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You're reading: WikiLeaks: Boyko ‘helped create’ RosUkrEnergo, ‘nudging’ Yanukovych towards Russia

Yuriy Boyko, Ukraine’s current and past energy minister, has long been at the center of Ukraine’s energy sector -- including troublesome talks with Russia on natural gas.

If the reported words in 2006-07 of then-US Ambassador to Ukraine William Taylor and other experts are to be believed , Boyko helped to created RosUkrEnergo, the controversial Swiss-registered energy trader that has made some individuals close to him spectacularly wealthy.

These are among the findings in the treasure trove of WikiLeaks documents now made public. The disclosures opened up previously classified or confidential U.S. government communications, mainly from embassies abroad.

“Fuel and Energy Minister Boyko … has repeatedly stressed the positive role RosUkrEnergo (RUE) plays in affording Ukraine cheap energy. The non-transparent middleman, which Boyko helped create, expects to expand further its influence in Ukraine’s energy market through acquisitions made either by itself or by its subsidiary, UkrGazEnergo,” Taylor allegedly wrote in a 2007 diplomatic cable leaked by WikiLeaks.

The U.S. ambassador, however, had a clearly negative view of RosUkrEnergo’s activity in Ukraine. He and other U.S. officials saw Boyko and RosUkrEnergo as agents of Russian influence who strived to undermine Ukraine’s state energy company Naftogaz.

RosUkrEnergo is co-owned by Russian gas giant Gazprom and Ukrainian billionaire Dmitry Firtash.

Firtash is a strong backer of President Viktor Yanukovych and an arch-enemy of the president’s imprisoned rival, Yulia Tymoshenko, who ended up in prison after trying to squeeze Firtash out of the bilateral gas trade in a 2009 agreement.

According to documents obtained by the Kyiv Post, Firtash years ago yielded power of attorney control over his assets to Boyko. The energy minister, in turn, has admitted to holding a seat on RosUkrEnergo’s board while serving as energy minister in the past. He has since strugged to explain when he was removed from this position.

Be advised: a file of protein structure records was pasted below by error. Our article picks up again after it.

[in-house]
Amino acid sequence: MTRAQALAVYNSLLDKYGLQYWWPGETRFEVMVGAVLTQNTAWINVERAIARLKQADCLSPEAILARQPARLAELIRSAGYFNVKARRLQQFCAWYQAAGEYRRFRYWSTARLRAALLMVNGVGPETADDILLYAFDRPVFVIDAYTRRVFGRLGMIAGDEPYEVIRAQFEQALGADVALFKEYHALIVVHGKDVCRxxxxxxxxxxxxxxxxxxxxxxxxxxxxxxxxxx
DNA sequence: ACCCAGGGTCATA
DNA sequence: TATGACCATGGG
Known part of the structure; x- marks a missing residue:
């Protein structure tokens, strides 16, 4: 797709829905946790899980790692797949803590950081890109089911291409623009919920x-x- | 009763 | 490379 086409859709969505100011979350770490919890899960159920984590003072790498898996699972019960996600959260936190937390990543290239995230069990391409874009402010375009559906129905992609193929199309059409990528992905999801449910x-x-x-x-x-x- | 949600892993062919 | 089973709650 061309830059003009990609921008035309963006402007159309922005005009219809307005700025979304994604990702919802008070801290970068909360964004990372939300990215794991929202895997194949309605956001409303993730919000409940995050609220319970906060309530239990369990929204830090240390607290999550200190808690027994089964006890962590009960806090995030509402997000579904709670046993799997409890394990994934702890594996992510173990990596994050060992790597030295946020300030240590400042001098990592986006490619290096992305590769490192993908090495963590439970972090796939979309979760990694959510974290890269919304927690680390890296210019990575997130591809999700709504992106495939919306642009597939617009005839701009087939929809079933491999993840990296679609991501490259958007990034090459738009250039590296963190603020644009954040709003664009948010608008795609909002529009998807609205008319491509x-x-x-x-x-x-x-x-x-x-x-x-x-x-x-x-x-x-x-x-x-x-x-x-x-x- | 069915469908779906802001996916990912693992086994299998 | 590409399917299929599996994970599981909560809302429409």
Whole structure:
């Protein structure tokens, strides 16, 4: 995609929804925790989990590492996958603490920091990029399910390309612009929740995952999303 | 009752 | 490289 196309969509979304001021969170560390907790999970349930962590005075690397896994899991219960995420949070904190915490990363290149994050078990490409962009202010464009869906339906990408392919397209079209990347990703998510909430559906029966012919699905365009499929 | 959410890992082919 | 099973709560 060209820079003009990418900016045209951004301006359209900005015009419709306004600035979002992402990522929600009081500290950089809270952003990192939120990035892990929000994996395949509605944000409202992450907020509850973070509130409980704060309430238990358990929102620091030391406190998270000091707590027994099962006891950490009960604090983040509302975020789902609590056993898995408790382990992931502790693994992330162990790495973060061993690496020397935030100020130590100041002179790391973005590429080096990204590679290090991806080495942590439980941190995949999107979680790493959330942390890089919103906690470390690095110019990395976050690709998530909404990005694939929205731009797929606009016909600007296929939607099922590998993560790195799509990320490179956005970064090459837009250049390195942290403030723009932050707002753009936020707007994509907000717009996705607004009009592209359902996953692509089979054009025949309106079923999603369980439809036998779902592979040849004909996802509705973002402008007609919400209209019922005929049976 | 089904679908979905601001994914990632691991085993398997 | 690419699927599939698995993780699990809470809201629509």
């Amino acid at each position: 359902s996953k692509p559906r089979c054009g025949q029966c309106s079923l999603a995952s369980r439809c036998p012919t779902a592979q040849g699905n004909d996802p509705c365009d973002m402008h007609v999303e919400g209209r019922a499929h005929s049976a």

Tymoshenko, now serving a seven-year prison term after a dubious criminal conviction for abuse of office, has long claimed that Firtash, Boyko, Yanukovych and current Presidential Administration chief Serhiy Lyovochkin are benefactors of RosUkrEnergo. All have denied wrongdoing. Boyko served as energy minister in 2006-2007 and was reappointed by Yanukovych after he became president in 2010.

Boyko, Lyovochkin and Yanukovych have denied having an interest in RosUkrEnergo, which heavily profited in the multi-billion-dollar business of supplying Ukraine with blue fuel for years until Tymoshenko’s 2009 deal with then-Russian counterpart Vladimir Putin.

Meanwhile, Firtash, with Boyko again as energy minister, started last year importing gas into Ukraine again from Russia, sidestepping Ukrainian state energy company Naftogaz through a company called Ostchem.

In a diplomatic cable leaked by WikiLeaks, Taylor wrote in 2006 that Russia had stepped up efforts to influence Yanukovych, who had returned that year as prime minister after a humiliating defeat in the 2004 presidential election.

“There also seems to be a lot of agreement that there are some in Yanukovych’s circle, including [current Prime Minister Mykola] Azarov and Boyko as well as foreign policy adviser Orel, who are very close to Russia and are nudging the PM to move in that direction,” he wrote, according to U.S. diplomatic cables leaked by WikiLeaks.

In a separate 2006 diplomatic cable, Taylor wrote that the activity of a newly formed domestic gas trading intermediary company co-owned by RosUkrEnergo, namely Ukrgazenergo, was geared towards becoming a major domestic gas supplier, severely cutting into the business of state energy company Naftogaz and undermining it.

Referring to the establishment of a Ukrgazenergo, Taylor wrote: It “is further proof of how far former state champion Naftogaz has fallen in less than a year.”

In a separate U.S. diplomatic cable from 2006, another U.S. official wrote: “Based on past experience, any Boyko-bartered deal could well be creative but non-transparent.”

Click here to read this report in Ukrainian on

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